In 2017, the occupancy rate of London hotels rose slightly by +0.2 points, which is weaker growth than last year (+0.4 points in 2016). The mid-range segment, which saw occupancy increase by +2.0 points, produced this positive result that was offset by a -0.3-point decline for the high-end segment. This slight drop in occupancy was essentially compensated for by the rise in the average daily rate, which rose by +5.5%, while mid-range hotels increased their prices by +3.0%. Across all categories, London posted an increase in RevPAR by +5.0% to €121.8. In 2017, performance growth was thus driven by the mid-range (+5.5%) and high-end (+5.1%) segments, with a slight slowdown in the economic segments. Overall, growth accelerated compared to 2016 (+1.1%).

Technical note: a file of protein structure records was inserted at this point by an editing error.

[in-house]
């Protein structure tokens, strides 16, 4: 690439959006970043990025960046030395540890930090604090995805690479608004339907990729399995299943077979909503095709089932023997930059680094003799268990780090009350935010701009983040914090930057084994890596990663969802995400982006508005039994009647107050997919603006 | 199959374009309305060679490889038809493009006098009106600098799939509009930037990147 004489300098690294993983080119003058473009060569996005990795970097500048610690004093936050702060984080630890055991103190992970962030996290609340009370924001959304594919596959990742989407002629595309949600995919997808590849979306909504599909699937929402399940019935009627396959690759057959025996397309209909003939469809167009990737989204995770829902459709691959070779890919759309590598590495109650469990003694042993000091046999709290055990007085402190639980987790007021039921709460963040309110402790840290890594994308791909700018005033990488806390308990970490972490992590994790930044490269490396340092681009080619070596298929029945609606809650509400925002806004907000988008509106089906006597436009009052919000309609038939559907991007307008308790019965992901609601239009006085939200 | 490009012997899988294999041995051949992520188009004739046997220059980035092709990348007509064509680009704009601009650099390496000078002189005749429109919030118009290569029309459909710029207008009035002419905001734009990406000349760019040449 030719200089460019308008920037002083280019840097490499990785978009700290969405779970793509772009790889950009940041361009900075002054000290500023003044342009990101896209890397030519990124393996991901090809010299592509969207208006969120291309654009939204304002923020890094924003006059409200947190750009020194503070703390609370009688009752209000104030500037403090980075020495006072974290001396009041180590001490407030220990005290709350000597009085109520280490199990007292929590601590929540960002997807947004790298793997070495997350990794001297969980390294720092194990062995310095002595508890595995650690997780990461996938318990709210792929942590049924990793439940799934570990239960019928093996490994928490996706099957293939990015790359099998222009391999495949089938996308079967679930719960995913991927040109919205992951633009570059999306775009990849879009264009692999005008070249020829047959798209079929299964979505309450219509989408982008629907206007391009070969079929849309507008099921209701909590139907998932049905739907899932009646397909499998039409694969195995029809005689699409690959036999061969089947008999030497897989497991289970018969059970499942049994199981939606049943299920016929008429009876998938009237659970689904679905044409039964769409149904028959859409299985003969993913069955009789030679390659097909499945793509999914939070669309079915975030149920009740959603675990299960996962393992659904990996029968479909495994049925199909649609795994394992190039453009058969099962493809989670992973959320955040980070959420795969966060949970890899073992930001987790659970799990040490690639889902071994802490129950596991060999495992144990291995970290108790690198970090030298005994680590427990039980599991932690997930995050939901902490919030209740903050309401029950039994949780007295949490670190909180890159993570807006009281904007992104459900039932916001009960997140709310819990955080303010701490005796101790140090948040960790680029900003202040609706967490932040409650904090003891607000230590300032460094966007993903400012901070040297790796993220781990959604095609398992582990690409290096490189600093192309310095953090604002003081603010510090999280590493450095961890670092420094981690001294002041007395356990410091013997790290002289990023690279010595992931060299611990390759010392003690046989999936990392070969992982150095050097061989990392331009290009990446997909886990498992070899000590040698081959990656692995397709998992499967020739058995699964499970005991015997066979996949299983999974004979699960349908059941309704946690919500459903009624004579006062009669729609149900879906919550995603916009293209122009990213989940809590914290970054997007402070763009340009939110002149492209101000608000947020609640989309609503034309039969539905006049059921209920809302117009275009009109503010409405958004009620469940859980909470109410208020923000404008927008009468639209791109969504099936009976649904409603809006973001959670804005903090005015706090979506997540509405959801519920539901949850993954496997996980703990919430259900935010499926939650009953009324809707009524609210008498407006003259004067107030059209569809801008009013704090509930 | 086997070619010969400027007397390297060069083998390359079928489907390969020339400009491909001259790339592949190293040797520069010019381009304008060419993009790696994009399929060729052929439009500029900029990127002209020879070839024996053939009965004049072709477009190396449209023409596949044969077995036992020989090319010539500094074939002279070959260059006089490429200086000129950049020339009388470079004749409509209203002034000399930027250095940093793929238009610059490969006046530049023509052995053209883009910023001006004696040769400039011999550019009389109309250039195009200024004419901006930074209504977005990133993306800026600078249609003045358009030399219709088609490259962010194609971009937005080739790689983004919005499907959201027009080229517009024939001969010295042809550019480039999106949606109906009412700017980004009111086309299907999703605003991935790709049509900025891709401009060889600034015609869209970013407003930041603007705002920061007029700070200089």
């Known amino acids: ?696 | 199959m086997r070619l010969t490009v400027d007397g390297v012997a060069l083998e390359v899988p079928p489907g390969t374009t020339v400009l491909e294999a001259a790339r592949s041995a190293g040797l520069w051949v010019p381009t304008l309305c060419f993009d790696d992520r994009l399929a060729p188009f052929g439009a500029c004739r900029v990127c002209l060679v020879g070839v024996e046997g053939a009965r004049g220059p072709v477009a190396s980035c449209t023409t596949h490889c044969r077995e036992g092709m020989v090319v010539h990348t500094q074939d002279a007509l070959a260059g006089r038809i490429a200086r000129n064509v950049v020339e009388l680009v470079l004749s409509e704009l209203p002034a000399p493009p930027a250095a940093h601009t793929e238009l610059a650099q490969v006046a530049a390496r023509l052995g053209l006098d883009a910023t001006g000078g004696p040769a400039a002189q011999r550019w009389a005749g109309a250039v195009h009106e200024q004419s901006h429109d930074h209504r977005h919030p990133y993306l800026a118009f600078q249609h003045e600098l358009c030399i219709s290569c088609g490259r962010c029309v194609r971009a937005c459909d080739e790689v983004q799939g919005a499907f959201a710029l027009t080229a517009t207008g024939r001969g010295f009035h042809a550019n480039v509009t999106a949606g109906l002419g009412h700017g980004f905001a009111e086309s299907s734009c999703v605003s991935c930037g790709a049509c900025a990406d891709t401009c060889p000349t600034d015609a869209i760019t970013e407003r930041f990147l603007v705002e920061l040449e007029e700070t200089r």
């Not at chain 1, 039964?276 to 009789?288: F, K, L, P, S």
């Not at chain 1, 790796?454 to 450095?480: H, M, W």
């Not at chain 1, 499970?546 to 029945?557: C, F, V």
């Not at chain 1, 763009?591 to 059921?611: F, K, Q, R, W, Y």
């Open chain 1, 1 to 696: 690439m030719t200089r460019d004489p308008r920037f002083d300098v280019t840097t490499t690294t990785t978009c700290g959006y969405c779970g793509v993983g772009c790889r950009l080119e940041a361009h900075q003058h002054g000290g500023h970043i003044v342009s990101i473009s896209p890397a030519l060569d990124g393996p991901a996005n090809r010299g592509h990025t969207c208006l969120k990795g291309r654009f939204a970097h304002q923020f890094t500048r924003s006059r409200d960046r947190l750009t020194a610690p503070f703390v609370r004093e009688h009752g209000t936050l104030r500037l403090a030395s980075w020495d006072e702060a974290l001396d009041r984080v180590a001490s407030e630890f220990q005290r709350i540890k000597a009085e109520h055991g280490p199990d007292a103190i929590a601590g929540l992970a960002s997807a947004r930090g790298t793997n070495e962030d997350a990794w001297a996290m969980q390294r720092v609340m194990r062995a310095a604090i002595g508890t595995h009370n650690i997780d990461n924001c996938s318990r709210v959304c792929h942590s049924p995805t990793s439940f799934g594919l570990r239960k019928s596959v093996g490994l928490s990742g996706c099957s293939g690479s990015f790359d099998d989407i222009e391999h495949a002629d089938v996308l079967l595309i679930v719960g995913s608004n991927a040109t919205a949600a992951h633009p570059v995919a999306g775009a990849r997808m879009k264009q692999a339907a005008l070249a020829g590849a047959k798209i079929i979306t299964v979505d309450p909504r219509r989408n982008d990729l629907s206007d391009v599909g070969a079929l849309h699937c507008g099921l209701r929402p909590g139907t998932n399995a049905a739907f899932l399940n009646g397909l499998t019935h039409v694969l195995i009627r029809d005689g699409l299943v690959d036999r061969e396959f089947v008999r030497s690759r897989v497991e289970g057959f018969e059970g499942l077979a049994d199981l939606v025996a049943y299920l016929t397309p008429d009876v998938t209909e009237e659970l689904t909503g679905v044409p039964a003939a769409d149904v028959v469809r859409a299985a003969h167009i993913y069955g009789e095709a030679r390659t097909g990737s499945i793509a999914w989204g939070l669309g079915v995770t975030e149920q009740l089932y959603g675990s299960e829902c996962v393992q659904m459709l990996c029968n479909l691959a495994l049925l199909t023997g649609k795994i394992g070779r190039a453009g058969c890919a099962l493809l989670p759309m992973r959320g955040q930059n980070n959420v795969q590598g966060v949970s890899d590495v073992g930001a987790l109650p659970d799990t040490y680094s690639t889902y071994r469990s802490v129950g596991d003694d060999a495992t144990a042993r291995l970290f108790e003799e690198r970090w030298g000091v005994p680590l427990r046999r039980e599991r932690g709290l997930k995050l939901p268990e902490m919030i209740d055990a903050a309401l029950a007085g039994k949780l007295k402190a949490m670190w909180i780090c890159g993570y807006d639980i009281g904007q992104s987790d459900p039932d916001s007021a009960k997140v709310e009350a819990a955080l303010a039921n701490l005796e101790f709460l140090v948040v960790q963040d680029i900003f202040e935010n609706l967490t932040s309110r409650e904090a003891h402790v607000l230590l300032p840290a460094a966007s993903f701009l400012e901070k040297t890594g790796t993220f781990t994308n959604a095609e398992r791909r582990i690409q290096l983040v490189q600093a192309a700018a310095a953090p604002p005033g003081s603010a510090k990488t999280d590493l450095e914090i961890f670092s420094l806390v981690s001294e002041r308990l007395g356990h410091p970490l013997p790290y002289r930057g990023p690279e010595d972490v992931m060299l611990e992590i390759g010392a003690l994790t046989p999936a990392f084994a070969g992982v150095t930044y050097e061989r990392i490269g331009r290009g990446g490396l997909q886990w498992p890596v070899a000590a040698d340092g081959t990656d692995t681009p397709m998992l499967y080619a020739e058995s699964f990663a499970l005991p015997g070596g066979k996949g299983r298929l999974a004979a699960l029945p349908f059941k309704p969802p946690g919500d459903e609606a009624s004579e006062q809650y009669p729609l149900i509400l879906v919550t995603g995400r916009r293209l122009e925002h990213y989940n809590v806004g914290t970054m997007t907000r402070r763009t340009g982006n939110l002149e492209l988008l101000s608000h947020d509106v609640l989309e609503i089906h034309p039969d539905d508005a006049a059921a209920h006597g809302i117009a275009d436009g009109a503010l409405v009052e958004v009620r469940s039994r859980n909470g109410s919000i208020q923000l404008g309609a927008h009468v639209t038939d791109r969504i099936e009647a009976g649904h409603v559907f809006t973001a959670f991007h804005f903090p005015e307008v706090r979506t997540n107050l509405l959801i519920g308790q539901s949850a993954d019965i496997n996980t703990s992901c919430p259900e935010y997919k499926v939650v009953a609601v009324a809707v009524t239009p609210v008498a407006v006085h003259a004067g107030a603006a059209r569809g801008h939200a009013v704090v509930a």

Whitbread consolidates its dominance in London with seven properties and nearly 9,000 rooms under the Premier Inn brand. Travelodge, meanwhile, is expanding in London with of over 400 additional rooms. The budget and economy supplies show the strongest growth thanks to Point A Hotels and Hampton by Hilton. The first is a newly created chain by the joint venture Raag Hotels which has taken over an existing hotel portfolio previously operated under the Malaysian brand Tune Hotels. Conversely, the capacity of AccorHotels' budget and economy portfolio in London decreased slightly due to the closure of the Ibis London Euston St Pancras hotel in preparation for the construction of the HS2 high-speed rail link between London and Birmingham.

The mid-range segment, meanwhile, recorded numerous changes with the decline of Holiday Inn (IHG) and the expansion of DoubleTree by 305 rooms (Hilton). Moreover, the boutique brand MGallery by Sofitel (AccorHotels) is making its market debut.